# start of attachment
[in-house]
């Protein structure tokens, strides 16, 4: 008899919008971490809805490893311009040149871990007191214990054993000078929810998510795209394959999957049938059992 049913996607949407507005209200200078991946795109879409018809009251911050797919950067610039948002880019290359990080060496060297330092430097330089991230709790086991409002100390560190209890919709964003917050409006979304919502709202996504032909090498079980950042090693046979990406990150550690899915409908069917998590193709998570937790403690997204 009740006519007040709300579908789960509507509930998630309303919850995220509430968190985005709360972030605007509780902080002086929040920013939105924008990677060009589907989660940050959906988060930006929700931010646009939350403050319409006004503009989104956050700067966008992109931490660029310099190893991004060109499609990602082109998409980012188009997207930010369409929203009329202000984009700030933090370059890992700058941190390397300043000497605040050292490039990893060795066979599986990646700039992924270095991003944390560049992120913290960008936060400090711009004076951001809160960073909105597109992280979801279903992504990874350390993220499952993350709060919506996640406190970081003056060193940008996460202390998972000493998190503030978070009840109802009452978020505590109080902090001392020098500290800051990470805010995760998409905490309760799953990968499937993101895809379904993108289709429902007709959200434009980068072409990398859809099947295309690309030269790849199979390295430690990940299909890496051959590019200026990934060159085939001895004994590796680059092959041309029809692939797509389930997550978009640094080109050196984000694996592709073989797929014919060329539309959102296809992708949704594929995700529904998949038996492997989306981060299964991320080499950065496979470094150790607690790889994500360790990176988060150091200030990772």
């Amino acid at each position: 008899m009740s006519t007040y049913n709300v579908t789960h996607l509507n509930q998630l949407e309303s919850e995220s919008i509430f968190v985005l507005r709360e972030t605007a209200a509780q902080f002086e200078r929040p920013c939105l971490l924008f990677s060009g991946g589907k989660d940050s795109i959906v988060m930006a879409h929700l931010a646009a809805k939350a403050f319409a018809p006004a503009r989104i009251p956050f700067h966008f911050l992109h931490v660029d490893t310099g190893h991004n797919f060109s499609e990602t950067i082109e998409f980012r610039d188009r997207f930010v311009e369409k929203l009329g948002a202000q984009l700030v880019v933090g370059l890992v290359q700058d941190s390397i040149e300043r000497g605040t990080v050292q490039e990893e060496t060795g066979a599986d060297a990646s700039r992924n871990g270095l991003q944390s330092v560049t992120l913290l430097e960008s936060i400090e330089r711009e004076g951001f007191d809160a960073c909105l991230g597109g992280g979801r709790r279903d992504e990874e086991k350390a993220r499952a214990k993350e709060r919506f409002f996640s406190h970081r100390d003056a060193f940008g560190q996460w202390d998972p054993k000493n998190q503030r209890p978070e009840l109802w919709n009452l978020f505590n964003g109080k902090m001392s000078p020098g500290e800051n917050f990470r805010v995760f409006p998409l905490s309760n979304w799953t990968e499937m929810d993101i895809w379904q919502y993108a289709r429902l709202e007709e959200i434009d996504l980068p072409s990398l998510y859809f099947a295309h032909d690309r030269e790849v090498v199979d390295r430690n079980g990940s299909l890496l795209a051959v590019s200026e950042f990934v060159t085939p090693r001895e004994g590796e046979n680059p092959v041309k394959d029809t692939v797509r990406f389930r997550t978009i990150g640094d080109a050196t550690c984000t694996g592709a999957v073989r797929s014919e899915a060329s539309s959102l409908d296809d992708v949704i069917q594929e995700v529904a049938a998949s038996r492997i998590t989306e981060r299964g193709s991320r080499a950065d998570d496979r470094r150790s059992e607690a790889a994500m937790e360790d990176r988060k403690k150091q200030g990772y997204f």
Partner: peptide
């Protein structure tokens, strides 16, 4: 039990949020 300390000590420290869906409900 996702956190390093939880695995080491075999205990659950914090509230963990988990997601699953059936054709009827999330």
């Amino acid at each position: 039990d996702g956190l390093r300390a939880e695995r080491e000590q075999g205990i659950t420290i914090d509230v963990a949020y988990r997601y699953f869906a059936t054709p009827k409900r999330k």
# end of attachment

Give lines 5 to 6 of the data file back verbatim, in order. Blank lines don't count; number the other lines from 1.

């Protein structure tokens, strides 16, 4: 039990949020 300390000590420290869906409900 996702956190390093939880695995080491075999205990659950914090509230963990988990997601699953059936054709009827999330």
């Amino acid at each position: 039990d996702g956190l390093r300390a939880e695995r080491e000590q075999g205990i659950t420290i914090d509230v963990a949020y988990r997601y699953f869906a059936t054709p009827k409900r999330k």